EA to lay off about 5% of its workforce, end development of some videogames

Videogame maker Electronic Arts Inc. said Wednesday it will cut about 5% of its workforce and plans to cancel some games in development.

In a letter to employees, Chief Executive Andrew Wilson said “we are streamlining our company operations to deliver deeper, more connected experiences for fans.”

He said the layoffs will affect about 5% of the company’s global workforce, which would be around 670 people, based on a staff of 13,400 as of last March, according to an SEC filing.

“We are also sunsetting games and moving away from development of future licensed IP that we do not believe will be successful in our changing industry,” Wilson said, allowing EA

to “double down on our biggest opportunities — including our owned IP, sports and massive online communities.”

It was unclear what games will be canceled. EA has a number of videogames from major franchises such as Marvel and “Star Wars” in development. EA also develops the “Madden NFL” football game, “EA Sports FC” soccer game and the “Apex Legends” franchise.

Also see: EA’s upcoming college-football game ‘taking advantage’ of players with $600 payment, expert says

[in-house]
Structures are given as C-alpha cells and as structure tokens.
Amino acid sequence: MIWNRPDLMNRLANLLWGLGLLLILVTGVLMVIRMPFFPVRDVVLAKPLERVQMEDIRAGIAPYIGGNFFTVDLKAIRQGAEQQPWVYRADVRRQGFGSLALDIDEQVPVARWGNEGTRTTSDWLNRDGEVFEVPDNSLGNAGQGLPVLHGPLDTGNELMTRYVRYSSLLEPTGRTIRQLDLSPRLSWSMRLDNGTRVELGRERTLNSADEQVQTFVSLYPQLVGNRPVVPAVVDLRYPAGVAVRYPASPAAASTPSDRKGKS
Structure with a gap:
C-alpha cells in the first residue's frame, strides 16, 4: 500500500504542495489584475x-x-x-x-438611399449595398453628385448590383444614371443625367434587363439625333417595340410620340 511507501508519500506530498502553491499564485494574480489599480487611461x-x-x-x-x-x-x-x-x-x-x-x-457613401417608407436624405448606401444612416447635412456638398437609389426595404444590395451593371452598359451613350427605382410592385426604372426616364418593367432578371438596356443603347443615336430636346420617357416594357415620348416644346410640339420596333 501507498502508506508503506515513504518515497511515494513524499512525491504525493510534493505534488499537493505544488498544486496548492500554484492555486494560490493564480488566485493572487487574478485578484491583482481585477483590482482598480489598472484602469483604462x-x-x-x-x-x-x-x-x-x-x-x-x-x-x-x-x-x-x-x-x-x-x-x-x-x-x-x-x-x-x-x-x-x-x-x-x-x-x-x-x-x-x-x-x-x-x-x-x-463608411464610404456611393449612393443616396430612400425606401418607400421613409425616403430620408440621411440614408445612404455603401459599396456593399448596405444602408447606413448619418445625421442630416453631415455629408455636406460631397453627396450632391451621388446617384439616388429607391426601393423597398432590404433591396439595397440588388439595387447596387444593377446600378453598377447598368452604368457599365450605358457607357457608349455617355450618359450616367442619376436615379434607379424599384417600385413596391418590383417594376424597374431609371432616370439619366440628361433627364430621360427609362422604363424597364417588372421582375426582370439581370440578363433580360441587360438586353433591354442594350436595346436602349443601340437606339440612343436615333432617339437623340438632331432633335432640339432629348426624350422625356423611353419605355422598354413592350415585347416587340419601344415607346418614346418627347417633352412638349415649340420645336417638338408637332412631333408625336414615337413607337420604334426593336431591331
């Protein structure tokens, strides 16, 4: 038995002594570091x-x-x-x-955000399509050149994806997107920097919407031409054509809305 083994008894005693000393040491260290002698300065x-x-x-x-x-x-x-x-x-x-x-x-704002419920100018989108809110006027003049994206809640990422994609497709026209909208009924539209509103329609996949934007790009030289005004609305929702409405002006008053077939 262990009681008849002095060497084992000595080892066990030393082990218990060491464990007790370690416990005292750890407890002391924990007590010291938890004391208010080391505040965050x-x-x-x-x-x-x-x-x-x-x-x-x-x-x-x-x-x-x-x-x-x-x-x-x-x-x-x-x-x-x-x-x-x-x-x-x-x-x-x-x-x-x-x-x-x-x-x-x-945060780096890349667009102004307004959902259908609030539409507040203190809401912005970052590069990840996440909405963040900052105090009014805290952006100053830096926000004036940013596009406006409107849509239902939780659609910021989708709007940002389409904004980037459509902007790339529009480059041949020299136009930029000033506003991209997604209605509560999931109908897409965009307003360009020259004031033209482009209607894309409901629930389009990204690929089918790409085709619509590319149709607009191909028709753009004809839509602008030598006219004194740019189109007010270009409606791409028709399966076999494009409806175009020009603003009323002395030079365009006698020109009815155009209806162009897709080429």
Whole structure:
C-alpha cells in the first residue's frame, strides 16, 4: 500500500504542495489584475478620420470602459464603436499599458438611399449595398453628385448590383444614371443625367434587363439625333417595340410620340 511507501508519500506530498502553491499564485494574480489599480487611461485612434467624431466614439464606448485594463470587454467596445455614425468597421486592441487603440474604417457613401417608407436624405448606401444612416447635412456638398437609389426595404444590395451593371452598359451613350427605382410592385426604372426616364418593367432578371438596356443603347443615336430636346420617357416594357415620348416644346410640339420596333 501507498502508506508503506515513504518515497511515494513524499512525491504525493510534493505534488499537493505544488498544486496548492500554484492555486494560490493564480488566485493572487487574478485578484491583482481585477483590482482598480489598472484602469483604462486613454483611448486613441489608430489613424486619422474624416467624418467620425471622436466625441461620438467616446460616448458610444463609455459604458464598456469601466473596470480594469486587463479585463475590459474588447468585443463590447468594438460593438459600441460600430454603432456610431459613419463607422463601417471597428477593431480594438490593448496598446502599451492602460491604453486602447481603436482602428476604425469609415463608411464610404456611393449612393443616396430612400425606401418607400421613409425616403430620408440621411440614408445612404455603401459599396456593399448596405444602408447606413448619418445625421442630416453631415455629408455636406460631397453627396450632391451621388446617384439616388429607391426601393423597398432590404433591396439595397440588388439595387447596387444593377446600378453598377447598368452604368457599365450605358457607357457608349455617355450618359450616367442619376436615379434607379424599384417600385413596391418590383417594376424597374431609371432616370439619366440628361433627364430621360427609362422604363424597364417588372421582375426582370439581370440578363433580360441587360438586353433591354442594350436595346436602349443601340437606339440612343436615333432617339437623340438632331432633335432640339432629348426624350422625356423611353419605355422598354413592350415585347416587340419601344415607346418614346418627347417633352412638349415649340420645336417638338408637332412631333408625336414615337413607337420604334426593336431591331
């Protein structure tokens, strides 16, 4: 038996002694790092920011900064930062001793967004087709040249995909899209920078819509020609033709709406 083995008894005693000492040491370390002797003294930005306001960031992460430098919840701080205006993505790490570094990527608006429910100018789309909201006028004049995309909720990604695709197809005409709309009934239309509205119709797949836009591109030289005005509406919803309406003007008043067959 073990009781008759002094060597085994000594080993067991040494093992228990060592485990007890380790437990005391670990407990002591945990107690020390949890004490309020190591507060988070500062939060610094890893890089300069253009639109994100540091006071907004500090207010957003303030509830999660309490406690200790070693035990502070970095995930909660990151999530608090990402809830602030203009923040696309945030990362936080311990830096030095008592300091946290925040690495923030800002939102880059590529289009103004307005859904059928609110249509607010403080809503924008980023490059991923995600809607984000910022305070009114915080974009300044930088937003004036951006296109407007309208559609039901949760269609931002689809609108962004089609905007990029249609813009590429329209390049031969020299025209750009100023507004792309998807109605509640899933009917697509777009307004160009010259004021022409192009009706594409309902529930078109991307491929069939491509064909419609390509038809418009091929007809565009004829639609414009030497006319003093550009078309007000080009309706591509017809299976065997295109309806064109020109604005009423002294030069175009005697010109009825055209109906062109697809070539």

The videogame industry — as well as the wider tech industry — has been wracked by layoffs over the last year-plus, with more than 10,000 jobs cut in 2023 and about 8,000 so far this year.

Last March, EA laid off about 6% of its workforce.

EA’s latest cuts come a day after Sony

slashed about 900 jobs in its PlayStation unit. Last month, Microsoft

said it would cut about 1,900 workers following its acquisition of Activision Blizzard. Amazon’s

Twitch, Unity Software

and Riot Games have also announced layoffs this year.

Last month, EA said that while gaming demand improved over the holiday quarter, it expected fiscal fourth-quarter net bookings, a gauge of physical and digital sales, to decline year over year.

EA shares were little changed Wednesday. The stock is up about 2% year to date and has gained about 27% over the past 12 months, compared to the S&P 500’s
6% rise in 2024 and 28% gain over the past year.

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